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Novus Ther­a­peu­tics plunges deep in­to pen­ny stock ter­ri­to­ry af­ter failed ear tri­al

After a more than 15-year run, a California-based biotech is exploring options, including a sale, after its lead experimental therapy failed an exploratory mid-stage study in patients with middle ear infections characterized by a build-up of fluid behind the eardrum.

The company, initially called Tokai Pharmaceuticals but which subsequently changed its name to Novus Therapeutics in 2017, saw its shares more than halve on Monday after the drug — OP0201— did not pass muster as an adjunct therapy to oral antibiotics in infants and children aged 6 to 24 months with acute otitis media (OM).

Fangliang Zhang (Imaginechina via AP Images)

The big mon­ey: Poised to make drug R&D his­to­ry, a Chi­na biotech un­veils uni­corn rac­ing am­bi­tions in a bid to raise $350M-plus on Nas­daq

Almost exactly three years after Shanghai-based Legend came out of nowhere to steal the show at ASCO with jaw-dropping data on their BCMA-targeted CAR-T for multiple myeloma, the little player with Big Pharma connections is taking a giant step toward making it big on Wall Street. And this time they want to seal the deal on a global rep after staking out a unicorn valuation in what’s turned out to be a bull market for biotech IPOs — in the middle of a pandemic.

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Hill­house re­casts spot­light on Chi­na's biotech scene with $160M round for Shang­hai-based an­ti­body mak­er

Almost two years after first buying into Genor Biopharma’s pipeline of cancer and autoimmune therapies, Hillhouse Capital has led a $160 million cash injection to push the late-stage assets over the finish line while continuing to fund both internal R&D and dealmaking.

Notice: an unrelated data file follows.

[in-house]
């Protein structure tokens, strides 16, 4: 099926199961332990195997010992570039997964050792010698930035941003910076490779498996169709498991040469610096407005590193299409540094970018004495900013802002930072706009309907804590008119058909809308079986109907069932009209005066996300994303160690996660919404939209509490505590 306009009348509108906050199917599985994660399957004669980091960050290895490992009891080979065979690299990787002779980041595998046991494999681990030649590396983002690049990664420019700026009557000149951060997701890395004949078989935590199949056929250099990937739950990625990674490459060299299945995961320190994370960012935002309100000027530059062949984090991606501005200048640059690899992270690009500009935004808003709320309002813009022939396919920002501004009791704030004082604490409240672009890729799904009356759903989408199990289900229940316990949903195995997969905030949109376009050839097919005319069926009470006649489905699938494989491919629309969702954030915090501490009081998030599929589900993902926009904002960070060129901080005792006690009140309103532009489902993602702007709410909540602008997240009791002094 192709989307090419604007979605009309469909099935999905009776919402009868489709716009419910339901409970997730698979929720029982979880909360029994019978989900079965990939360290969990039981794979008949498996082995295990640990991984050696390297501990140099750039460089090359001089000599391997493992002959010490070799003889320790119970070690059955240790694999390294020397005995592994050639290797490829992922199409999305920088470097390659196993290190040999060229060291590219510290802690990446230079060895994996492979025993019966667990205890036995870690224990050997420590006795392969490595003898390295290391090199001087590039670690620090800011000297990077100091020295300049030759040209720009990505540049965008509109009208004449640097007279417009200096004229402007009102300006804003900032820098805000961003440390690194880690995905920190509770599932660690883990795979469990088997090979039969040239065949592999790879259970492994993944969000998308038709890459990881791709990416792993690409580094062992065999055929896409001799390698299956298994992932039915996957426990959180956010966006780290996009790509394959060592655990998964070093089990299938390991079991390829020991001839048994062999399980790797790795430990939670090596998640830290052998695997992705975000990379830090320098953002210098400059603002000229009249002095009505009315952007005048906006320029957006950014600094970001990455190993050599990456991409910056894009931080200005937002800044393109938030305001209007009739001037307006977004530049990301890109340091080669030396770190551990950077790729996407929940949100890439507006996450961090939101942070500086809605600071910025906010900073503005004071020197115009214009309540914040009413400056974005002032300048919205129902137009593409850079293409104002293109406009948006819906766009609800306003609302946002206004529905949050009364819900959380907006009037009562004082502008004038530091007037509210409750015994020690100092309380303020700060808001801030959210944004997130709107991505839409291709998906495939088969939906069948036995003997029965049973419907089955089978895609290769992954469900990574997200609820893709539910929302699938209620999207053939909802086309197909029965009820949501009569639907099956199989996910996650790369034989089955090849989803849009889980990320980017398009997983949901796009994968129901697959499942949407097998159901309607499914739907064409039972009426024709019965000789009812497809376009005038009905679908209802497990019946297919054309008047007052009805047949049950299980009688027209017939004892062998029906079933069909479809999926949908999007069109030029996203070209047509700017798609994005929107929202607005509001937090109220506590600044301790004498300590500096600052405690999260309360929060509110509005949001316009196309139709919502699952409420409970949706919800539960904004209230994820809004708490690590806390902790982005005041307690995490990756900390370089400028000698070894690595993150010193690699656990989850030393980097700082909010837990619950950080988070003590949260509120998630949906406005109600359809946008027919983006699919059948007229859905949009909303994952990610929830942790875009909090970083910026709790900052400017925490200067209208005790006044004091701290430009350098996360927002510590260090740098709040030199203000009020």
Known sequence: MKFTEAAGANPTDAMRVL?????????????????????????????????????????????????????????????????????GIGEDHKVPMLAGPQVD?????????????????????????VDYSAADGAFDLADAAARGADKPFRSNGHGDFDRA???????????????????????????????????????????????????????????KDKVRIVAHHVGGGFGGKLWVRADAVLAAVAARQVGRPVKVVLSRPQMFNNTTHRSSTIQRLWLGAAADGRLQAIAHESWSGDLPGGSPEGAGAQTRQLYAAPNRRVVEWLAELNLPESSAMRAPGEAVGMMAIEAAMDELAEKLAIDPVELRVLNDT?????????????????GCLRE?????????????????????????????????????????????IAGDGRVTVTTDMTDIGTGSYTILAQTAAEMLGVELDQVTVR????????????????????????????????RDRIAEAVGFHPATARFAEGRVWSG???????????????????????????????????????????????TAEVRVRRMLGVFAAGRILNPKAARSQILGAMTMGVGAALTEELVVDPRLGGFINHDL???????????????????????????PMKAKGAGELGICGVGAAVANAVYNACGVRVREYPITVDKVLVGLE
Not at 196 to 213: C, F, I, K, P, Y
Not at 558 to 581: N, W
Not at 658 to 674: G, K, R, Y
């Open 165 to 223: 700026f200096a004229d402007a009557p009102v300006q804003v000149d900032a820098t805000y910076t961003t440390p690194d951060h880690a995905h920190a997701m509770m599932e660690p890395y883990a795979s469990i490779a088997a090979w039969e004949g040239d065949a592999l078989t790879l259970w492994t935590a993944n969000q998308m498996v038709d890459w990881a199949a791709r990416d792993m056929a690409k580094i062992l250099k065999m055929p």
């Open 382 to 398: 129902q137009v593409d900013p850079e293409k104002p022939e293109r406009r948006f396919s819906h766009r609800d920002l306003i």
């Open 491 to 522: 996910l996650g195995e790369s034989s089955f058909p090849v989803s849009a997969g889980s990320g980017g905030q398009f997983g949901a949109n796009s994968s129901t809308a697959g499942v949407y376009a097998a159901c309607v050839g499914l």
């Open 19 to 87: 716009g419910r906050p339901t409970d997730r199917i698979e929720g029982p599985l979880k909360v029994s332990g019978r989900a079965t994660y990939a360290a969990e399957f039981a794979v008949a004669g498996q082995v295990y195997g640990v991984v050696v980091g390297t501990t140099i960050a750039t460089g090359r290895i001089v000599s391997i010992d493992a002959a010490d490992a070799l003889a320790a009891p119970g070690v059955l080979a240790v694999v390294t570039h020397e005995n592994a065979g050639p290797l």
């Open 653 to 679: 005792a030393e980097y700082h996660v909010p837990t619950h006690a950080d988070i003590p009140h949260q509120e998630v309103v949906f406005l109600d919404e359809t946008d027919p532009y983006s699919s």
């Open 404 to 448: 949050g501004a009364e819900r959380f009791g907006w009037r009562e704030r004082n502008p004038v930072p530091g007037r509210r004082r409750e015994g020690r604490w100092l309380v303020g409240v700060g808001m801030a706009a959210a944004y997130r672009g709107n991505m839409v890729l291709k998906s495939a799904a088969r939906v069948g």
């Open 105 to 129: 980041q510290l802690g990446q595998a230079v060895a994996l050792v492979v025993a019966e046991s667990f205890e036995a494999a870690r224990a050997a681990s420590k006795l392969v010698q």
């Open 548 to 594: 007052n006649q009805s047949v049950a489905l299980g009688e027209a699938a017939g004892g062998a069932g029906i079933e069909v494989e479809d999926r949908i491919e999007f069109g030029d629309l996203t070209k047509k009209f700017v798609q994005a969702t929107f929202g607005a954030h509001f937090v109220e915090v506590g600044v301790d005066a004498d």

The Series B has landed right around the time Genor would have listed on the Hong Kong stock exchange, according to plans reported by Bloomberg late last year. Insiders had said that the company was looking to raise about $200 million.

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Len Schleifer (left) and George Yancopoulos, Regeneron (Vimeo)

Eyes on he­mo­phil­ia prize, Re­gen­eron adds a $100M wa­ger on joint de­vel­op­ment cam­paign with In­tel­lia

When George Yancopoulos first signed up Intellia to be its CRISPR/Cas9 partner on gene editing projects 4 years ago, the upstart smartly ramped up its IPO at the same time. Today, Regeneron $REGN is coming back in, adding $100 million in an upfront fee and equity to significantly boot up a whole roster of new development projects.

And they’re highlighting some clinical hemophilia research plans in the process.

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Jean-Jacques Bienaimé, BioMarin chairman and CEO

Bio­Marin holds the line on bleeds with 4-year val­rox up­date on he­mo­phil­ia A — but what's this about an­oth­er de­cline in Fac­tor 8 lev­els?

BioMarin has posted some top-line results for their 4-year followup on the most advanced gene therapy for hemophilia A — extending its streak on keeping a handful of patients free of bleeds and off Factor VIII therapy, but likely stirring fresh worries over a continued drop in Factor VIII levels.

We just don’t know how big a drop.

We’ll see more data when the results are presented at the World Federation of Hemophilia in a couple of weeks. But in a statement out Sunday night, BioMarin $BMRN reported that none of the patients required Factor VIII treatment, adding: